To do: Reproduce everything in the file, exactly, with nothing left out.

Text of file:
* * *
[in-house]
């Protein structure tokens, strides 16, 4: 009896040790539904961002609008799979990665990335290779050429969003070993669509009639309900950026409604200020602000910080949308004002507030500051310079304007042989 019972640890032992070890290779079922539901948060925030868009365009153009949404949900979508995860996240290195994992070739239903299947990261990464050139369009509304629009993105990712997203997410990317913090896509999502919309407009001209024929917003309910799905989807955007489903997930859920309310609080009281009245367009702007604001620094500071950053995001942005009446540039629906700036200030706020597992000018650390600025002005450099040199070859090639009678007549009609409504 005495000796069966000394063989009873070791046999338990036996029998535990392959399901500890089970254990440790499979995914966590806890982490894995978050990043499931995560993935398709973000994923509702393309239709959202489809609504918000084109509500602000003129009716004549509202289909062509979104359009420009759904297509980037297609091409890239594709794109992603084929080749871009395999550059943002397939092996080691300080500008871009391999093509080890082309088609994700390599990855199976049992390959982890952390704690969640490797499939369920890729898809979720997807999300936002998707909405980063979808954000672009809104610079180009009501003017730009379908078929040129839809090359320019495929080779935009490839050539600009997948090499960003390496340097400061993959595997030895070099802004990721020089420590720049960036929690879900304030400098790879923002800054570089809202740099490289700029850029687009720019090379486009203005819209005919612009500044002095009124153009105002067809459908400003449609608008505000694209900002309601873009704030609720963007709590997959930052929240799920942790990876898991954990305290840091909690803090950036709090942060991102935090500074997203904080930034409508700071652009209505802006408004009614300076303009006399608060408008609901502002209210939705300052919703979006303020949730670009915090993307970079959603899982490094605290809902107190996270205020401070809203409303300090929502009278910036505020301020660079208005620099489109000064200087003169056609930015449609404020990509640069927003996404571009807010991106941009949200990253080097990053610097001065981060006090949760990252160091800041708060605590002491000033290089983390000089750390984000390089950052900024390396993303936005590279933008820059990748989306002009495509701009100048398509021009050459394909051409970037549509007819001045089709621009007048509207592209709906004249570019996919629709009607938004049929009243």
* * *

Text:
[in-house]
């Protein structure tokens, strides 16, 4: 009896040790539904961002609008799979990665990335290779050429969003070993669509009639309900950026409604200020602000910080949308004002507030500051310079304007042989 019972640890032992070890290779079922539901948060925030868009365009153009949404949900979508995860996240290195994992070739239903299947990261990464050139369009509304629009993105990712997203997410990317913090896509999502919309407009001209024929917003309910799905989807955007489903997930859920309310609080009281009245367009702007604001620094500071950053995001942005009446540039629906700036200030706020597992000018650390600025002005450099040199070859090639009678007549009609409504 005495000796069966000394063989009873070791046999338990036996029998535990392959399901500890089970254990440790499979995914966590806890982490894995978050990043499931995560993935398709973000994923509702393309239709959202489809609504918000084109509500602000003129009716004549509202289909062509979104359009420009759904297509980037297609091409890239594709794109992603084929080749871009395999550059943002397939092996080691300080500008871009391999093509080890082309088609994700390599990855199976049992390959982890952390704690969640490797499939369920890729898809979720997807999300936002998707909405980063979808954000672009809104610079180009009501003017730009379908078929040129839809090359320019495929080779935009490839050539600009997948090499960003390496340097400061993959595997030895070099802004990721020089420590720049960036929690879900304030400098790879923002800054570089809202740099490289700029850029687009720019090379486009203005819209005919612009500044002095009124153009105002067809459908400003449609608008505000694209900002309601873009704030609720963007709590997959930052929240799920942790990876898991954990305290840091909690803090950036709090942060991102935090500074997203904080930034409508700071652009209505802006408004009614300076303009006399608060408008609901502002209210939705300052919703979006303020949730670009915090993307970079959603899982490094605290809902107190996270205020401070809203409303300090929502009278910036505020301020660079208005620099489109000064200087003169056609930015449609404020990509640069927003996404571009807010991106941009949200990253080097990053610097001065981060006090949760990252160091800041708060605590002491000033290089983390000089750390984000390089950052900024390396993303936005590279933008820059990748989306002009495509701009100048398509021009050459394909051409970037549509007819001045089709621009007048509207592209709906004249570019996919629709009607938004049929009243």